By BILL STRAUB
Scripps Howard News Service
July 20, 2005
One protest, staged by the National Organization for Women, took place outside a Senate office building Wednesday - less than 15 hours after President Bush announced that the 50-year-old Roberts, a judge on the Court of Appeals for the District of Columbia, was his choice to replace retiring Justice Sandra Day O'Connor.
"We refuse to allow Roberts - who is such a stealth opponent of women's rights - to pass the Senate confirmation process," said NOW President Kim Gandy. "George W. Bush just guaranteed the fight of his political career with this nomination."
But with the exception of pro-choice activists, reaction to Roberts' nomination was restrained, indicating the fight over his elevation to the nation's highest court won't resemble the political street brawls that characterized Judge Robert Bork's failed nomination in 1987 and the confirmation of Justice Clarence Thomas in 1991.
Senate Democratic Leader Harry Reid, of Nevada, who would be expected to lead any fight against the Roberts nomination, acknowledged Bush "has chosen someone with suitable legal credentials," but promised close scrutiny.
"The Senate must review Judge Roberts' record to determine if he has a demonstrated commitment to the core American values of freedom, equality and fairness," Reid said. "The nominee will have an opportunity to testify before the Senate Judiciary Committee and make his case to the American people."
Democrats privately admit any attempt to waylay the Roberts nomination could prove formidable. Roberts received high marks for his judicial temperament, experience and legal abilities. He has issued few written opinions since joining the appellate court in 2003, leaving potential critics with empty ammo cartridges.
"President Bush has demonstrated his respect for the law, the courts, and the Constitution by nominating Judge John Roberts - a true 'lawyer's lawyer' - to the Supreme Court," said Richard Garnett, a professor of law at the University of Notre Dame who clerked with Roberts for Chief Justice William Rehnquist. "Roberts is a brilliant, careful, and wonderfully gifted lawyer. Everyone familiar with his work - whether he or she is left, right, or center - acknowledges Roberts as one of the best appellate lawyers of his generation."
E. Christopher Murray, a civil liberties attorney in Garden City, N.Y., said Roberts represents "the worst nightmare for liberals" - a candidate with extreme conservative views who doesn't appear to have been in the sort of sticky situations that opponents can use to assure his defeat.
"Judge Roberts is young, articulate, and a quality attorney who is unlikely to have any personal baggage," Murray said. "Thus, the issue will be, can you deny confirmation of a Supreme Court nominee who is qualified simply because of his ideology? With a Republican-controlled Senate, the answer will be no."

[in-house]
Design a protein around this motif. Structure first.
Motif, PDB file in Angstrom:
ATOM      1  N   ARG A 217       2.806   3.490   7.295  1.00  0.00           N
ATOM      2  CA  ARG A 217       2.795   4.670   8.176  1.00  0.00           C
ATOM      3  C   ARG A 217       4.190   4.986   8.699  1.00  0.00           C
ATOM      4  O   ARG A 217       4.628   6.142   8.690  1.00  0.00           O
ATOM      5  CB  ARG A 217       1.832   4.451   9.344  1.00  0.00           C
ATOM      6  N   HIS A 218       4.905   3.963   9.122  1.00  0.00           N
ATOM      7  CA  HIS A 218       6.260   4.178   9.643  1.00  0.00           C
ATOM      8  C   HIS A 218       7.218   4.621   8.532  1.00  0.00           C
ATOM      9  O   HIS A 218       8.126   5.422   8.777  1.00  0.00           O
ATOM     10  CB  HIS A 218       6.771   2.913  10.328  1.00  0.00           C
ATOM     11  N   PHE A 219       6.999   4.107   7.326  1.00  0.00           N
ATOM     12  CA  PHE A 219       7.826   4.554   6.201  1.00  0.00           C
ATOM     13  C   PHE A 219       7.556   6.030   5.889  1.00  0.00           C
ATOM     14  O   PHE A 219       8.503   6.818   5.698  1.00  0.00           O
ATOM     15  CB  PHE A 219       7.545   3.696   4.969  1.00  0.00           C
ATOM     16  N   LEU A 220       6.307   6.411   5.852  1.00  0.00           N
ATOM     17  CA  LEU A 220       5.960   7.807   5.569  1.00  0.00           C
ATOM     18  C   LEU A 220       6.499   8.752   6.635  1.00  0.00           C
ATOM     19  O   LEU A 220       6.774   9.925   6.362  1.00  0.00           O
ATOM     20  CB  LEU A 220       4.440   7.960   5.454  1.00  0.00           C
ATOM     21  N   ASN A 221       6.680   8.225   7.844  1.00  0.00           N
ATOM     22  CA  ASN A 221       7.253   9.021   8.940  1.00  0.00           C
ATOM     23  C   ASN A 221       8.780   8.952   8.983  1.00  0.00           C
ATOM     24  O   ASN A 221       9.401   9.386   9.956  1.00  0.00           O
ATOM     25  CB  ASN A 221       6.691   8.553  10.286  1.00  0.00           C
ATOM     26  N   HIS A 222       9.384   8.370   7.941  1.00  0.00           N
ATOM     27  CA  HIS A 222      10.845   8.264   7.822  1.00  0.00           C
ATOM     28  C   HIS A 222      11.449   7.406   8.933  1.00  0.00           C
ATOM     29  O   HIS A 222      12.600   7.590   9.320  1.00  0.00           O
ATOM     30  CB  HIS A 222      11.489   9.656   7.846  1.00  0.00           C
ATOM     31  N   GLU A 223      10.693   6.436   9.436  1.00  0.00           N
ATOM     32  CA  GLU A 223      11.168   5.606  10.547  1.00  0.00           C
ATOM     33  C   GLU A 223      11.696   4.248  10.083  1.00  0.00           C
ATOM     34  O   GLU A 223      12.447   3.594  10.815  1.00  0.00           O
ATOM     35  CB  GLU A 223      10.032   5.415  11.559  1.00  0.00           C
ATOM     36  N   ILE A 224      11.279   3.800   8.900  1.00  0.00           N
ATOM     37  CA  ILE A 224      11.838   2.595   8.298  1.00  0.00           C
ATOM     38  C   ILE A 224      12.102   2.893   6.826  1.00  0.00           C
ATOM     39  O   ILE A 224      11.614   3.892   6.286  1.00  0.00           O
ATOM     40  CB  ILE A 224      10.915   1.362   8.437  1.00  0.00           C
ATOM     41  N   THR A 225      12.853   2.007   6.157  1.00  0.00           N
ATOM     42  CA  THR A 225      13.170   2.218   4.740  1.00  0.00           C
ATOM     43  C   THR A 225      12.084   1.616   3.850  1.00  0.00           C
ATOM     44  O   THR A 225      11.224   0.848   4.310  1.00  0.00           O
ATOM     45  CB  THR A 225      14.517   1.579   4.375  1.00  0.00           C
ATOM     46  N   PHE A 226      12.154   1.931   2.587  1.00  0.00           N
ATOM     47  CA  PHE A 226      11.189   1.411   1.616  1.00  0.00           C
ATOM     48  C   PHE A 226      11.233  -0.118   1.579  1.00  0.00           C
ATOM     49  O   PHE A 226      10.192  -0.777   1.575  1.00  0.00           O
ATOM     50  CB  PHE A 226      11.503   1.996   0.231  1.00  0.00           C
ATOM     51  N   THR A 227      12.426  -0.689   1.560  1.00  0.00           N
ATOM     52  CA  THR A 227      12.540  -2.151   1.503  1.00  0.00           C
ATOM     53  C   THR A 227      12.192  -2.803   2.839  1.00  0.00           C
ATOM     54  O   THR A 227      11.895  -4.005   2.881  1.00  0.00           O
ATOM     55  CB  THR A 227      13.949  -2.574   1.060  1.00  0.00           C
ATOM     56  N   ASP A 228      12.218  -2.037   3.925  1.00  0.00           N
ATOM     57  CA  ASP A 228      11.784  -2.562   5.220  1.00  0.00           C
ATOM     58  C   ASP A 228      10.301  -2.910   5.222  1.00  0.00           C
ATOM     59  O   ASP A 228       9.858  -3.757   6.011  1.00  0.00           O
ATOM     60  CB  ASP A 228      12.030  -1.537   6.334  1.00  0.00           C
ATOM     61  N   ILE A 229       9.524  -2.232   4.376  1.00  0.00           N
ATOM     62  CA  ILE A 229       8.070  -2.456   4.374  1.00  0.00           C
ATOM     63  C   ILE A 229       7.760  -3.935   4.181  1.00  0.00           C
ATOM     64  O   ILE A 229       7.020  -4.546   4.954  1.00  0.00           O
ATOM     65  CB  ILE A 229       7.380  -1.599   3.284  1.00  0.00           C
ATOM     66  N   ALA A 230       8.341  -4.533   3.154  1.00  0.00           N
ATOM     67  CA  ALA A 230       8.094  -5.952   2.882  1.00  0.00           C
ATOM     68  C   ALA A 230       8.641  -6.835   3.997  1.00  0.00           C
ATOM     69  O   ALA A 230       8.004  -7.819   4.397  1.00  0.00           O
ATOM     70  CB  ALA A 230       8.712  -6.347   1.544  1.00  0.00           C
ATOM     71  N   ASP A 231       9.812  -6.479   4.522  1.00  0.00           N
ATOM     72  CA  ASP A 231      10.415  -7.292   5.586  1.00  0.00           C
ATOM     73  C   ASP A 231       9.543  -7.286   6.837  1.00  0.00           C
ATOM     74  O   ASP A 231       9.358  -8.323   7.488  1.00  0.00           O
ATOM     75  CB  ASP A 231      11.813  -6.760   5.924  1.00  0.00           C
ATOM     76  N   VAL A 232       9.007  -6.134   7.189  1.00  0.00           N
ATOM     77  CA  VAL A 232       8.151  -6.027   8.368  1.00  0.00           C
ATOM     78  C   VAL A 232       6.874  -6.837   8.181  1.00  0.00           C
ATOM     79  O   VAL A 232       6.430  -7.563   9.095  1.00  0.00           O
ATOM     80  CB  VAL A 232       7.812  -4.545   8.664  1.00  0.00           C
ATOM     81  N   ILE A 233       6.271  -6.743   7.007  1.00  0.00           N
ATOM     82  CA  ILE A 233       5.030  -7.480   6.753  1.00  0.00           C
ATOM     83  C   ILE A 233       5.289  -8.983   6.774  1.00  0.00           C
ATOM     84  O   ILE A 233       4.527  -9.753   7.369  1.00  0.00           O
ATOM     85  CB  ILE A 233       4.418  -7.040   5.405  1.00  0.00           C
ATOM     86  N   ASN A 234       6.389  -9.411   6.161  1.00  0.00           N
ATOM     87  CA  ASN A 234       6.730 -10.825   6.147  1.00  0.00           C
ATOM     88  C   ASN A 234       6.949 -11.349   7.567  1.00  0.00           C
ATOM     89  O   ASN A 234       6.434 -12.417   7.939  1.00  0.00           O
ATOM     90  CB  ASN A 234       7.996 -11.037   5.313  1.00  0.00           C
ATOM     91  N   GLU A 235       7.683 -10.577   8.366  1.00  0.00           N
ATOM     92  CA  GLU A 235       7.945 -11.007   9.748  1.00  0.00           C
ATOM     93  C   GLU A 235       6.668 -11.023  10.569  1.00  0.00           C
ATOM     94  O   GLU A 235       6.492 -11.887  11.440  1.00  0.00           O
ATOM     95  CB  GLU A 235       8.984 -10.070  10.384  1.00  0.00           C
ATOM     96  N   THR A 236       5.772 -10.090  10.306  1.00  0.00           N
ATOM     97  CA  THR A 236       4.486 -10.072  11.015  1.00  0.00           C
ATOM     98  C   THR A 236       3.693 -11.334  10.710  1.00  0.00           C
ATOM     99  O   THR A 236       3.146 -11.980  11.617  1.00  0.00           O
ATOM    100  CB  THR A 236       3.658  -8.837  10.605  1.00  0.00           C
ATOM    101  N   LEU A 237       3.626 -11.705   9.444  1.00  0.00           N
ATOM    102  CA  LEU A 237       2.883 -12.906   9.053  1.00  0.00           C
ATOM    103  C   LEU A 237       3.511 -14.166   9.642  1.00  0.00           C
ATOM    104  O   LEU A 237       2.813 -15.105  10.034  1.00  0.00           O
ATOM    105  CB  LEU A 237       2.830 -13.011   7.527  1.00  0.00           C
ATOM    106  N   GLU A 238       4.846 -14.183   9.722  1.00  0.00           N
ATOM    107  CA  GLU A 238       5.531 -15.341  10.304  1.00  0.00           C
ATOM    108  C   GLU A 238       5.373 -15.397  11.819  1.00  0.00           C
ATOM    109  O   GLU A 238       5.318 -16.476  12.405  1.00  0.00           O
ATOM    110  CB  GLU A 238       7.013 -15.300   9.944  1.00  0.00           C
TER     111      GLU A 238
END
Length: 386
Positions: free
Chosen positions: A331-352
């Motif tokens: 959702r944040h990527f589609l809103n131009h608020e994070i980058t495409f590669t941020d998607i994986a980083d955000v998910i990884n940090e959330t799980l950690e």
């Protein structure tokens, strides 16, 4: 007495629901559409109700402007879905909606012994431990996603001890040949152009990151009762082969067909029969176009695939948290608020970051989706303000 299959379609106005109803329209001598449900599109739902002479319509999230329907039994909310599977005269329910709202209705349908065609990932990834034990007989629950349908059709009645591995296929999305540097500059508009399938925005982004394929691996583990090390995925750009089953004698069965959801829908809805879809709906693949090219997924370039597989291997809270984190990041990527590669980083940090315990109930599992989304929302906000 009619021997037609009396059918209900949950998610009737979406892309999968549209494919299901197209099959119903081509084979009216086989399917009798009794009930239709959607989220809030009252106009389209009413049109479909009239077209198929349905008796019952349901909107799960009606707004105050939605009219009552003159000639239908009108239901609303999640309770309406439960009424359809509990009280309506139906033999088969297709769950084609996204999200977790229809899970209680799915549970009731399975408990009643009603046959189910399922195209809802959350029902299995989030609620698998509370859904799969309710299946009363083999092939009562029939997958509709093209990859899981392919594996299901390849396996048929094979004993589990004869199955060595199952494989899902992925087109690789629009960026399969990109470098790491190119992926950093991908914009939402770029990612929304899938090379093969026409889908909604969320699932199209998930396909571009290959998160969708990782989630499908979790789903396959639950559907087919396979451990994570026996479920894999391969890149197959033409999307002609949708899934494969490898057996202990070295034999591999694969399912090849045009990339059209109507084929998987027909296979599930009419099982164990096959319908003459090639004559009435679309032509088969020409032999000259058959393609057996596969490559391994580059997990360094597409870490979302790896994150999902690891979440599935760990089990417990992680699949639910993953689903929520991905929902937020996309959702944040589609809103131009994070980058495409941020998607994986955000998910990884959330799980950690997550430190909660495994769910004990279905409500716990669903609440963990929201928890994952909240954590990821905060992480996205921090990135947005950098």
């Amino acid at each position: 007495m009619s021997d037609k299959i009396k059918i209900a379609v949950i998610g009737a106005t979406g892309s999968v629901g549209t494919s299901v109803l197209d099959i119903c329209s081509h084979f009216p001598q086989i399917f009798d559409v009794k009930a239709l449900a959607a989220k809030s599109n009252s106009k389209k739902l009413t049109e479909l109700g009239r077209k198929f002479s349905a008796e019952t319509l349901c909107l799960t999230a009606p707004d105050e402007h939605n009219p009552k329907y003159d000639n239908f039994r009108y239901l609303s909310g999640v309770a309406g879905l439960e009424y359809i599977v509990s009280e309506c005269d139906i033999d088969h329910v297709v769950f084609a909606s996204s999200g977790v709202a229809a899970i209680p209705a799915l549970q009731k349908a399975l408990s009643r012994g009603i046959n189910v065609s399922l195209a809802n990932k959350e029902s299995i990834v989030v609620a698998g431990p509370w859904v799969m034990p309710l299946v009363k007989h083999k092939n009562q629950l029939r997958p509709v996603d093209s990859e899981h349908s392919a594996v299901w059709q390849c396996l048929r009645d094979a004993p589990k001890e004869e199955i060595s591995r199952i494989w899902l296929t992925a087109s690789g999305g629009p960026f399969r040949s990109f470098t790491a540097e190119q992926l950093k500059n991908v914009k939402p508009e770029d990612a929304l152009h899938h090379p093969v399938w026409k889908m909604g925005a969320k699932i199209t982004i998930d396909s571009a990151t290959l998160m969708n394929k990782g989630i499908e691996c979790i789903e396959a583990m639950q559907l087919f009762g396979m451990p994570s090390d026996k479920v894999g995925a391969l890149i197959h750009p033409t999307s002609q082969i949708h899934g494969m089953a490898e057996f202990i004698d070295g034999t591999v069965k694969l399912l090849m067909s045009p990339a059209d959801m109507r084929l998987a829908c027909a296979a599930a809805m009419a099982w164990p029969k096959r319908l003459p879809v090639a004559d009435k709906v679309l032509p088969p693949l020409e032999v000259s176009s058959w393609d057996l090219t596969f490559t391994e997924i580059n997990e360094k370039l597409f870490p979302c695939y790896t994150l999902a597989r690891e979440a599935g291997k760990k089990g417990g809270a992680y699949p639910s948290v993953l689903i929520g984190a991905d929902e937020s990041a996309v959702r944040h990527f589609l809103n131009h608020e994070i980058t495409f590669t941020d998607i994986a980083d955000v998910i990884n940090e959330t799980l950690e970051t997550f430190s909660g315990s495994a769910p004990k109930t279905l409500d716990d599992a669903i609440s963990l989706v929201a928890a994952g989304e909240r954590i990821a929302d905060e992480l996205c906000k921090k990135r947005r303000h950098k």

But the intimidating landscape isn't stopping organizations that support abortion rights from gearing up. They maintain Roberts needs to express some fidelity toward Roe v. Wade, the 1973 privacy case that legalized abortion nationwide, to pass muster.
O'Connor, renowned for her position as a swing vote on the nation's highest court, supported Roe during her court tenure. Her departure still leaves a court majority that supports abortion rights, but that didn't stop activists from worrying about Roberts' views.
"Everything we know about Judge Roberts' record indicates that he will be a solid vote against women's rights and Roe v. Wade," said Eleanor Smeal, president of the Feminist Majority. "If he is to be confirmed by senators who support women's rights, he must say where he stands on Roe and the right to privacy. The burden is on him."
Feminists are concerned for several reasons. In 1991, while serving as principal deputy solicitor general during the administration of the current president's father, former President George H.W. Bush, Roberts included language in one brief before the court that read, "We continue to believe that Roe was wrongly decided and should be overruled."
Roberts later said he was speaking for the Bush administration and not expressing his personal views. And during the confirmation hearing for his present position, Roberts told the Senate Judiciary Committee that he considered Roe "the settled law of the land," adding that "there's nothing in my personal views that would prevent me from fully and faithfully applying that precedent."
But feminists remain suspicious. They privately note that Roberts' wife, Jane, who is also a successful lawyer, is an active member of an organization called Feminists for Life, a group that opposes abortion - a possible tip-off to Roberts' true feelings on the issue.
Roberts' record, according to Debra Ness, president of the National Partnership for Women & Families, is "alarming."
"Judge Roberts now bears the burden of distancing himself from his own record and demonstrating his commitment to equal justice under the law," Ness said. "Nearly every issue that matters to women and families can be affected if Judge Roberts becomes a justice - fairness in the workplace; equality in education; work/family policies; access to quality affordable health care; reproductive rights; economic security; and justice for our most vulnerable citizens."
Roberts' supporters assert his foes are grasping at straws. Brian McCabe, president of Progress for America, a conservative advocacy group, vowed that his organization will "defend Judge Roberts from the left's predictable and premeditated character assassination attempts" and pledged $18 million in support of his confirmation.
"Judge Roberts is a man of great character who deserves genuine consideration, not automatic attacks and partisan indignation based on nothing other than the fact he was nominated," McCabe said.
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